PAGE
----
concepts-oriented" format. Maybe we could think about this format ?
- "design patterns" : i.e. the alexandrian form of patterns, that are
oriented on spatial configurations and design practices.
- "patterns of processes": i.e. generative codes, recipes, and all that stuff.

For all of this there is already a lot of work that has been done by
all of the ESRG members ; this would really be a great job to simply
put it in a common and clear database so that the links between all of
these patterns and the emergence of new ones can be implemented
gradually. We need a good infrastructure. And I'd be willingfull to
participate in its creation, even though I have no qualification in
computer programms (we already use here the mediawiki to document the
patterns, and without this tool, I still wonder how we could be
doing..). Problems of copyrights for already published materials
(scientific articles and patterns) may be solved if the access to this
collaborative infrastructure is restricted?

2. As Paris is not so far from London, I may be able to come sometimes
to have more time of "real" discussion on these subjects. I really
believe "human contacts" are of great importance especially in the
begening of collaborations. This is how comprehension comes. I'll be
willingfull to come to London to discuss with Stephen about streets,
with John, Daniel and Michael about the wiki-infrastructure, the
theory of patterns, etc.

3. I am currently prospecting here in France for using the material
I've been producing on street patterns and the theory of patterns to
initiate a PhD work, that I would like to do in parrallel of my
current work for the french ministry of public works. As research on
these kind of subjects are not well-developped in France, the
opportunities I found are not so numerous and may not be dierctly
centered on street patterns and the theory of patterns... I am not
especially looking for fundings (as I am already paid for my current
work as a civil engeneer), but more for an institutional structure and
a thesis director that would be well qualified and proficient in these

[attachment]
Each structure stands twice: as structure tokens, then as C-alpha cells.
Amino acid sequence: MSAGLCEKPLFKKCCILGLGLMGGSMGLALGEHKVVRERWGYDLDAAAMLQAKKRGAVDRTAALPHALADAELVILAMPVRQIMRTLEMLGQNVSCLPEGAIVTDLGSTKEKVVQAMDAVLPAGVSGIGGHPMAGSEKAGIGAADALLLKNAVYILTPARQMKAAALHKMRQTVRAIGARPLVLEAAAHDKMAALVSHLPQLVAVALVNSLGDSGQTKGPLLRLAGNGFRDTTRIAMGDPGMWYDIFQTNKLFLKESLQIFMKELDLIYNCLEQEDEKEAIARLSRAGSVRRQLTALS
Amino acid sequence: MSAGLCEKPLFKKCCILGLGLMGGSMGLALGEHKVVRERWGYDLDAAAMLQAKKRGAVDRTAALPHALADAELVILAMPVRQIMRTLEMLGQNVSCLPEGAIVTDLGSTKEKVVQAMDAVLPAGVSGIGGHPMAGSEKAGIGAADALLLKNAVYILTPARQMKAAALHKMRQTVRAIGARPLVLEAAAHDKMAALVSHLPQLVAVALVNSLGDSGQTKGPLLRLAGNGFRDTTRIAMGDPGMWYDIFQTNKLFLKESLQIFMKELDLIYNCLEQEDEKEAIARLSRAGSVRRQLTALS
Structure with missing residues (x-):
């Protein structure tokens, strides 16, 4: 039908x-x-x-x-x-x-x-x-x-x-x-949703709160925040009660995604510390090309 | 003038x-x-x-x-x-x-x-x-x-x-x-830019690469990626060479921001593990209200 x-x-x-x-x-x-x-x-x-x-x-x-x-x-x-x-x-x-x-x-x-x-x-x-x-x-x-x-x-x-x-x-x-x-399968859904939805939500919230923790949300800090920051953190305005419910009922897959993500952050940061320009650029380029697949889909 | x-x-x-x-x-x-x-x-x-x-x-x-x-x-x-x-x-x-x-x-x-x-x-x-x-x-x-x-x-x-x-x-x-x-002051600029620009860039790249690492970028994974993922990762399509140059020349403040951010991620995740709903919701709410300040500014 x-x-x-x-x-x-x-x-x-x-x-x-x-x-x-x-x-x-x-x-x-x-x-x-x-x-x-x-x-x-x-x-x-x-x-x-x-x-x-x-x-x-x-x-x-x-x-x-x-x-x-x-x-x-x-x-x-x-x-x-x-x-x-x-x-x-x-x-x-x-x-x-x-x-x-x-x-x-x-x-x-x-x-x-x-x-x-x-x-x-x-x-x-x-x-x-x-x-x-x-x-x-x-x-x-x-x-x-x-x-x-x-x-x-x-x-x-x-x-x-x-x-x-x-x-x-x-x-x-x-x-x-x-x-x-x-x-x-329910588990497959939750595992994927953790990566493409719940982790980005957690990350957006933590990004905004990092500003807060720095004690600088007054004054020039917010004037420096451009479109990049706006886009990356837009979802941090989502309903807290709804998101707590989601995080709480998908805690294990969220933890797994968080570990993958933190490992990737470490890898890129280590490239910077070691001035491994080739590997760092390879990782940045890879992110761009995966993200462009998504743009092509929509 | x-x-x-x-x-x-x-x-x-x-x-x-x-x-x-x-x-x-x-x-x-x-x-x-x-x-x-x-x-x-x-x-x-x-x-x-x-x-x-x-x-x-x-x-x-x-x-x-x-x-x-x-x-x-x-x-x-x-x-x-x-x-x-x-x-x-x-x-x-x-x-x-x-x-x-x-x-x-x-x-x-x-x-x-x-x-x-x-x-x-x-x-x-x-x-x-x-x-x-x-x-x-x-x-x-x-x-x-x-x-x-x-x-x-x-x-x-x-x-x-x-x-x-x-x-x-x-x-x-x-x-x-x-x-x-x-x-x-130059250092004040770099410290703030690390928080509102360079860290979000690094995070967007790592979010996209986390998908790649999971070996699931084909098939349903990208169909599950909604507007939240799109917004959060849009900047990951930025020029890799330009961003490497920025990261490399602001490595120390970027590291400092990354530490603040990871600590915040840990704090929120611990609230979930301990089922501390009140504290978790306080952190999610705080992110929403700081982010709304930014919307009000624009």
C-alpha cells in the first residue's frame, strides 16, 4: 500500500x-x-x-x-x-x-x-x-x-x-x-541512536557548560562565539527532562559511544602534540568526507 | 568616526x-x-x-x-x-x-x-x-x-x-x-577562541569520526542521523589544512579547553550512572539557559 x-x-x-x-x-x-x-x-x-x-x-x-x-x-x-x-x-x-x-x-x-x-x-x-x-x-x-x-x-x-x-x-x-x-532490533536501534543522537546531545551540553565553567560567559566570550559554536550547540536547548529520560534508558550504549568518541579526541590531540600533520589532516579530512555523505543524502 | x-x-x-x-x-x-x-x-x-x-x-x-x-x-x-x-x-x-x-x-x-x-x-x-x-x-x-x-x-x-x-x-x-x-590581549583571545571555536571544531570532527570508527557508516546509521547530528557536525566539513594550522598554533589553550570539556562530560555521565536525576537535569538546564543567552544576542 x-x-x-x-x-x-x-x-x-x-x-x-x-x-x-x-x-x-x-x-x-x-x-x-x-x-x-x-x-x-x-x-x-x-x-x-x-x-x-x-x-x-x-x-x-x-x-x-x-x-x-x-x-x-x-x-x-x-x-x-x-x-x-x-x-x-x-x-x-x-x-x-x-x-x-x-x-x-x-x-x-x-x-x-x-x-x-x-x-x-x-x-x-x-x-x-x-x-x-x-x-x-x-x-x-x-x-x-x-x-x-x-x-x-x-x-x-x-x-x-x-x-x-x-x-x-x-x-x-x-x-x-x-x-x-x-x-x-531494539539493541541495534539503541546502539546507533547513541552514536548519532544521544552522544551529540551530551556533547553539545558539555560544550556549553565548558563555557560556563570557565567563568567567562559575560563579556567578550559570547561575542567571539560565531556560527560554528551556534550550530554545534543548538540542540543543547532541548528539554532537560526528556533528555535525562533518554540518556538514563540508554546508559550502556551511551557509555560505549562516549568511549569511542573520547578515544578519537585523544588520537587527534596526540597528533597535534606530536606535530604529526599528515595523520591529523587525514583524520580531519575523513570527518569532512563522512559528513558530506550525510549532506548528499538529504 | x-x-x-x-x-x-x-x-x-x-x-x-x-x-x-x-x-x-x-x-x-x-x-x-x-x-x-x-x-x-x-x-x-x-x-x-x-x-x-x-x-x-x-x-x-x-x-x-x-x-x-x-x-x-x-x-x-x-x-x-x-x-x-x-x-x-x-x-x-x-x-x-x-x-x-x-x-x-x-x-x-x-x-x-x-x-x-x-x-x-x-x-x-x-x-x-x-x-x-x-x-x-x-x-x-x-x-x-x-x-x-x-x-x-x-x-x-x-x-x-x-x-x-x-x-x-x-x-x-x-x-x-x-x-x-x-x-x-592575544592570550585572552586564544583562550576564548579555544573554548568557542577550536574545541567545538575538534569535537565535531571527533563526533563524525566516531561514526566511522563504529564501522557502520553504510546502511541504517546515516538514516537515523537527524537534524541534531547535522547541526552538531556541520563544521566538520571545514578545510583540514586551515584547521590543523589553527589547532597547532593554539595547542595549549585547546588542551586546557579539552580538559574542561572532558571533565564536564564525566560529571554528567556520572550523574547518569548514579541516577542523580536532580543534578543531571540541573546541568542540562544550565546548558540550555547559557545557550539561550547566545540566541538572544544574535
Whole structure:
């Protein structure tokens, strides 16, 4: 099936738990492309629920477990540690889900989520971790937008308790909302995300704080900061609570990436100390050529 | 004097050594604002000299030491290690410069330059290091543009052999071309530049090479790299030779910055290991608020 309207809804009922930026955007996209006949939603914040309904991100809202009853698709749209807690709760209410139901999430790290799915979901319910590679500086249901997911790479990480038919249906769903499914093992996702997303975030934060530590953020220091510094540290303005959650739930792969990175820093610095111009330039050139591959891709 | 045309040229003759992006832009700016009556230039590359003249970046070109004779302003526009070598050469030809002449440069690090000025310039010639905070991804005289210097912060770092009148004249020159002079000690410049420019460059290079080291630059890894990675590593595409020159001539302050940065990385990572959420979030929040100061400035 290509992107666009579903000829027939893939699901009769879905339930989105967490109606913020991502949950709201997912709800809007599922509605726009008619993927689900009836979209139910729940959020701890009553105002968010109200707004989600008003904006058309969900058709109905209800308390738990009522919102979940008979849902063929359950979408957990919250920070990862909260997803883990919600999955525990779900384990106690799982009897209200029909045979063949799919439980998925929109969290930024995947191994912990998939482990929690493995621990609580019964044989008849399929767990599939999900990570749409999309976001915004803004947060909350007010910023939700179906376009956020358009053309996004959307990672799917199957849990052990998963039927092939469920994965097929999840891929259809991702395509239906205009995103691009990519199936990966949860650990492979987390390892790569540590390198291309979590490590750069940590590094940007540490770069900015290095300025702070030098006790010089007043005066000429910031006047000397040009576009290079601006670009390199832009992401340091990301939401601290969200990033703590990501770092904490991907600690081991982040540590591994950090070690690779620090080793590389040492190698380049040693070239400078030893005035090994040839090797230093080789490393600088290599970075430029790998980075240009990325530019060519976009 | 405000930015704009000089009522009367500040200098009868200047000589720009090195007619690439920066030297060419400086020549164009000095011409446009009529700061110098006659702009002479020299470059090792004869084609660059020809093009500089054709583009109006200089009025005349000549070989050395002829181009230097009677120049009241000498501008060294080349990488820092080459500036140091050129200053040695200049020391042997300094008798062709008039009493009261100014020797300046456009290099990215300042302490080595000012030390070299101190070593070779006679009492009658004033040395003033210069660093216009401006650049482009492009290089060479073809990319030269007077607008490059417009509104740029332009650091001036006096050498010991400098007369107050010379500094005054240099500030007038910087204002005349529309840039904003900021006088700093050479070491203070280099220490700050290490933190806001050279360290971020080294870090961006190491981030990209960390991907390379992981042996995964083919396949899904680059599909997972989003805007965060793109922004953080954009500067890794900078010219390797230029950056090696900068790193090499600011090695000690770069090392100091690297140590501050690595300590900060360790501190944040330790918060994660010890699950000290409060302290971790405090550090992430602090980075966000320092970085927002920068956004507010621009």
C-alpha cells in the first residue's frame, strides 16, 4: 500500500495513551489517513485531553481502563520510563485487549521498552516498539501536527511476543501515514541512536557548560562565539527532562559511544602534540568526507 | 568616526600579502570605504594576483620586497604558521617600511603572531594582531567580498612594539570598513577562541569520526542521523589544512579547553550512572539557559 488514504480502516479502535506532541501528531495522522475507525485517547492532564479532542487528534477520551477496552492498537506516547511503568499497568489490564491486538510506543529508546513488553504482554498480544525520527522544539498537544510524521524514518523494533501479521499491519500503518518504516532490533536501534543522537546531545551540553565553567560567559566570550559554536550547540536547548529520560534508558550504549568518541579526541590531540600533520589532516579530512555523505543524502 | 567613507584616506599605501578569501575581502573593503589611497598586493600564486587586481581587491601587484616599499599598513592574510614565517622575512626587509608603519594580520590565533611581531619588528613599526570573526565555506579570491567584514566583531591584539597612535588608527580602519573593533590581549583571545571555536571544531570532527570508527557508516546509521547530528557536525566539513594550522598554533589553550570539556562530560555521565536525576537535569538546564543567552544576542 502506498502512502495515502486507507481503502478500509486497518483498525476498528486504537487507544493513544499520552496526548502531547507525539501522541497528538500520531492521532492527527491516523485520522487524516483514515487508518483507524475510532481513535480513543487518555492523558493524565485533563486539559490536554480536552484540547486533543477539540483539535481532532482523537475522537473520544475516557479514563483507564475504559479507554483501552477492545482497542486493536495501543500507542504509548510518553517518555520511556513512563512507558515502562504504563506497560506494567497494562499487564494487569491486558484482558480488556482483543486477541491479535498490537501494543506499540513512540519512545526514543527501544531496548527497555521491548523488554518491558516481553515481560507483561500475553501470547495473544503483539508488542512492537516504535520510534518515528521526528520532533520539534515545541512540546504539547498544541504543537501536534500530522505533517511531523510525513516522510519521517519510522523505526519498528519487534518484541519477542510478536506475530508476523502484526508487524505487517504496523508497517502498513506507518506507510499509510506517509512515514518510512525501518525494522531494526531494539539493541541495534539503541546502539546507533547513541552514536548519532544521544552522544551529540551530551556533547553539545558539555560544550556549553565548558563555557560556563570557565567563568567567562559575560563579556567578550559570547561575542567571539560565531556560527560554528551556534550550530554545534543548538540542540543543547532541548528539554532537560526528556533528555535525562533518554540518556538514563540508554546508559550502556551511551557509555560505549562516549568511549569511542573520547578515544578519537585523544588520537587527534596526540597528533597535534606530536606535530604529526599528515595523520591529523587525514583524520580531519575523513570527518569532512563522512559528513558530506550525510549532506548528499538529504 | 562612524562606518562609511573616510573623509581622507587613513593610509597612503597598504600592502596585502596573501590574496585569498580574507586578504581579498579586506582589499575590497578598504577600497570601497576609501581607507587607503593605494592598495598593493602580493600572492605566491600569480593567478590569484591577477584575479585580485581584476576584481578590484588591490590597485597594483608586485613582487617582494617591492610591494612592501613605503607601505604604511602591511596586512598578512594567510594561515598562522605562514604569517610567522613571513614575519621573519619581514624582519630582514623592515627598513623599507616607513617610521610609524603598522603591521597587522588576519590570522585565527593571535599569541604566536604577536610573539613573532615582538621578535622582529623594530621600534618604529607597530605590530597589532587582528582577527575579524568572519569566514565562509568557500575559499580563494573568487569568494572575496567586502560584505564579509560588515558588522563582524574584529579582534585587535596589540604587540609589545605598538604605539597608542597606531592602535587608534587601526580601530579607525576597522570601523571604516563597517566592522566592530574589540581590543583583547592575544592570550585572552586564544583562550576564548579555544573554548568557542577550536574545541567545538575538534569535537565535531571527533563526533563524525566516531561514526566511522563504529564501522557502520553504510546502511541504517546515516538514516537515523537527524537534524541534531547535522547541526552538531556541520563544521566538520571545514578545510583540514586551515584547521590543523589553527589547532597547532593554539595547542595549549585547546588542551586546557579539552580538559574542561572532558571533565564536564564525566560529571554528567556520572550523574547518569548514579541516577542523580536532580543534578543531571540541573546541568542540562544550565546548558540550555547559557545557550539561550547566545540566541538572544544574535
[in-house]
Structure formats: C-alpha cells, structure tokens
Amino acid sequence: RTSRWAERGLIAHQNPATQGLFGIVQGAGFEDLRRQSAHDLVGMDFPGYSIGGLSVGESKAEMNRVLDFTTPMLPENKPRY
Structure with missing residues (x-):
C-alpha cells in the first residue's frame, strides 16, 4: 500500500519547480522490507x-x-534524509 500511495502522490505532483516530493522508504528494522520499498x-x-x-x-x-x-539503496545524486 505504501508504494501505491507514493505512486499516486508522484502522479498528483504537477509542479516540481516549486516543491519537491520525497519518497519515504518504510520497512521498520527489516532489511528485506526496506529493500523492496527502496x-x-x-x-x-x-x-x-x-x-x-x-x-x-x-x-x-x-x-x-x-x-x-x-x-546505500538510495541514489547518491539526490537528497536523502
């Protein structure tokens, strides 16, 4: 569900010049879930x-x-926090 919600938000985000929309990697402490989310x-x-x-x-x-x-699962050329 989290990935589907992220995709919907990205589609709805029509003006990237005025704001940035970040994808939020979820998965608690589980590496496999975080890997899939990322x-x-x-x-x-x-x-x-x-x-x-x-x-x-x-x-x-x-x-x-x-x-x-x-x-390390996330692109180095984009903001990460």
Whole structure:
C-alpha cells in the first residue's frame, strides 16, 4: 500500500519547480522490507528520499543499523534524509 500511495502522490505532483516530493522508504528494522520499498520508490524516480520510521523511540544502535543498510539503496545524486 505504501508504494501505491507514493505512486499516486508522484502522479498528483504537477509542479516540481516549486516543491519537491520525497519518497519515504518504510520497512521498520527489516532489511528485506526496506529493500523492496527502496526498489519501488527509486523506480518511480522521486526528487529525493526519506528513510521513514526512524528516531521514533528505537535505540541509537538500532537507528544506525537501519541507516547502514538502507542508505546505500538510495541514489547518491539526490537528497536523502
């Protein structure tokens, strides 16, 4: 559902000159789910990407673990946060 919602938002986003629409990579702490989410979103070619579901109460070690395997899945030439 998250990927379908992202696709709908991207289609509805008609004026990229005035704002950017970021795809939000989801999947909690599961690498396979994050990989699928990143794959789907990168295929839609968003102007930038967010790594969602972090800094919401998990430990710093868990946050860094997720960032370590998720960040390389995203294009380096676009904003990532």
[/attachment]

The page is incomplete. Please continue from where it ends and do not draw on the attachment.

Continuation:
subjects. If I would find such an environment in english institutions,
this may constitue another "practical" mean of collaboration...

Best regards,
David Miet

Anonymous Howard Davis said...

Dear Michael,

I read the notes of the meeting with great interest, and I'm very pleased that it seems to have gone so well. The idea of a book is an excellent one, and I'd like to imagine that I could make a contribution to it. To be most effective in continuing to catalyze the new group, I think the book should come out relatively quickly ( I have a chapter in a book that's about to be published, based on a conference paper that was delivered a little over a year ago) and should have a format that somehow conveys timeliness and authority at the same time.

I'd be interested in writing something that follows on the conversation we had in Portland--what is the relationship between the existing building culture and its own transformation; how is contemporary practice already reflecting new ideas of complexity, and where does it fall short; if we talk about sequence and incrementalism in design and building process, what about in the transformation of the building culture itself?

What do you think?--let's talk more...

all the best

Anonymous Andres Duany said...

Magnificent work on reporting an interesting discussion.

However, Did anybody mention that if you do not code complexity IN--the organic urban process over time disaggregates the city into monocultures? Look around at older cities. Poor shopping streets and rich shopping streets. Working areas and sleeping areas. Cultural areas. Tourist areas. Yuppie areas. Hippie areas. Etc.

Did anybody OBSERVE this phenomenon--in London or Oslo, or Houston? Diversity must be imposed--as the SC attempts to do. The walking disciopline destroyed by the automobile has destroyed complexity in proximity.

This seminar suffered from too few practitioners. Why did not Paul say more?

You do not need to reinvent from the fundamentals. Lots of things work well. And lots of others that work badly are more intractable than the theories espoused can engage. What about connecting to power grids?


Anonymous Yodan Rofe said...

Hello Michael,

Wanted to thank you for the effort of organizing the seminar. It was very fruitful and interesting.

I also want to say, that thinking about it afterwards, I felt that I would actually be very interested in helping you compile and edit the "textbook" project. So perhaps we can start working on this as soon as possible.

I also think that it's worthwhile pursuing the patten language update project - since Stephen was quite keen on it why not try to entice him to take responsibility for it, with some of the computing guys to help out on the technical aspects.

See you soon in Israel.


Anonymous Marcel Vellinga said...

Dear Michael,

Just to let you know I very much enjoyed yesterday and look forward to reading more of the other particpants' work, as well as exploring the way in which our work here may relate or contribute to it. I am very sorry I can't be there today but hope it will be as stimulating a session as it was yesterday.

Best wishes for now,